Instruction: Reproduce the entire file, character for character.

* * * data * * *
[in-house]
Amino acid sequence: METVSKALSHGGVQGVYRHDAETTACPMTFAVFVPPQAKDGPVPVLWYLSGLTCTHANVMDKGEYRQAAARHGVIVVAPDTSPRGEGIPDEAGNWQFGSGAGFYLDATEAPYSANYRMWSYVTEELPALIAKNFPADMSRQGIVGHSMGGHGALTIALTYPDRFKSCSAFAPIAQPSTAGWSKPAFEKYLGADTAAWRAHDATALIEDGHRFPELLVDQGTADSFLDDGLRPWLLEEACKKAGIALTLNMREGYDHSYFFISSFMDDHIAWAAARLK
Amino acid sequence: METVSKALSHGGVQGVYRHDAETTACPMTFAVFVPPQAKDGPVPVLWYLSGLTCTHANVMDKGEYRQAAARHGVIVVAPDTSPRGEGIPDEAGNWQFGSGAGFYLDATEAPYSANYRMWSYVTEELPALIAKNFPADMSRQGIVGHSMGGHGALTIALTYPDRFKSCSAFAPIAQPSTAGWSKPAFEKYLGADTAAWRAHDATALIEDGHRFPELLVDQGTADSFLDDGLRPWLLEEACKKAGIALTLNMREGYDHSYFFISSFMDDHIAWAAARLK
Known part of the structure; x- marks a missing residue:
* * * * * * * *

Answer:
[in-house]
Amino acid sequence: METVSKALSHGGVQGVYRHDAETTACPMTFAVFVPPQAKDGPVPVLWYLSGLTCTHANVMDKGEYRQAAARHGVIVVAPDTSPRGEGIPDEAGNWQFGSGAGFYLDATEAPYSANYRMWSYVTEELPALIAKNFPADMSRQGIVGHSMGGHGALTIALTYPDRFKSCSAFAPIAQPSTAGWSKPAFEKYLGADTAAWRAHDATALIEDGHRFPELLVDQGTADSFLDDGLRPWLLEEACKKAGIALTLNMREGYDHSYFFISSFMDDHIAWAAARLK
Amino acid sequence: METVSKALSHGGVQGVYRHDAETTACPMTFAVFVPPQAKDGPVPVLWYLSGLTCTHANVMDKGEYRQAAARHGVIVVAPDTSPRGEGIPDEAGNWQFGSGAGFYLDATEAPYSANYRMWSYVTEELPALIAKNFPADMSRQGIVGHSMGGHGALTIALTYPDRFKSCSAFAPIAQPSTAGWSKPAFEKYLGADTAAWRAHDATALIEDGHRFPELLVDQGTADSFLDDGLRPWLLEEACKKAGIALTLNMREGYDHSYFFISSFMDDHIAWAAARLK
Known part of the structure; x- marks a missing residue: